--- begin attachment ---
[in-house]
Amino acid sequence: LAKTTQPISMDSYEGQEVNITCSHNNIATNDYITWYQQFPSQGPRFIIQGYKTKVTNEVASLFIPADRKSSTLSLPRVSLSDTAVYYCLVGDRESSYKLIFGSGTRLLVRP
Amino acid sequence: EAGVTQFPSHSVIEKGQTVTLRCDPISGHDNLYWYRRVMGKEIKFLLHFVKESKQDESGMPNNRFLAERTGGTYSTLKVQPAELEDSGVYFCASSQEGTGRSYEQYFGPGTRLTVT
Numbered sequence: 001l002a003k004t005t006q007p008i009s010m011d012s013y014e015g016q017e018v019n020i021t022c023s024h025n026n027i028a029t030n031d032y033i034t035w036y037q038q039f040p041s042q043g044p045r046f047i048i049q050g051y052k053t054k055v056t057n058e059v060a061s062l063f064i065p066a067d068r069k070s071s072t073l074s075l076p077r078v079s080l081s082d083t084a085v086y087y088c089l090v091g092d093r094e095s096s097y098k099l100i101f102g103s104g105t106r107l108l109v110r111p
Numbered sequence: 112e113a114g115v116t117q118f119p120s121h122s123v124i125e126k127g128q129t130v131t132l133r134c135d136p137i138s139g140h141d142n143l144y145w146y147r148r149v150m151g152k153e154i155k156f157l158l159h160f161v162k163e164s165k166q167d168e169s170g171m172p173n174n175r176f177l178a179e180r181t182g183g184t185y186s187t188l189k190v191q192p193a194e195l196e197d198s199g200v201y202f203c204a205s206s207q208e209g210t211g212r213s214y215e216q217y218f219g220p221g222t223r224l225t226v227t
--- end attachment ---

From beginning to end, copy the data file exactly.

[in-house]
Amino acid sequence: LAKTTQPISMDSYEGQEVNITCSHNNIATNDYITWYQQFPSQGPRFIIQGYKTKVTNEVASLFIPADRKSSTLSLPRVSLSDTAVYYCLVGDRESSYKLIFGSGTRLLVRP
Amino acid sequence: EAGVTQFPSHSVIEKGQTVTLRCDPISGHDNLYWYRRVMGKEIKFLLHFVKESKQDESGMPNNRFLAERTGGTYSTLKVQPAELEDSGVYFCASSQEGTGRSYEQYFGPGTRLTVT
Numbered sequence: 001l002a003k004t005t006q007p008i009s010m011d012s013y014e015g016q017e018v019n020i021t022c023s024h025n026n027i028a029t030n031d032y033i034t035w036y037q038q039f040p041s042q043g044p045r046f047i048i049q050g051y052k053t054k055v056t057n058e059v060a061s062l063f064i065p066a067d068r069k070s071s072t073l074s075l076p077r078v079s080l081s082d083t084a085v086y087y088c089l090v091g092d093r094e095s096s097y098k099l100i101f102g103s104g105t106r107l108l109v110r111p
Numbered sequence: 112e113a114g115v116t117q118f119p120s121h122s123v124i125e126k127g128q129t130v131t132l133r134c135d136p137i138s139g140h141d142n143l144y145w146y147r148r149v150m151g152k153e154i155k156f157l158l159h160f161v162k163e164s165k166q167d168e169s170g171m172p173n174n175r176f177l178a179e180r181t182g183g184t185y186s187t188l189k190v191q192p193a194e195l196e197d198s199g200v201y202f203c204a205s206s207q208e209g210t211g212r213s214y215e216q217y218f219g220p221g222t223r224l225t226v227t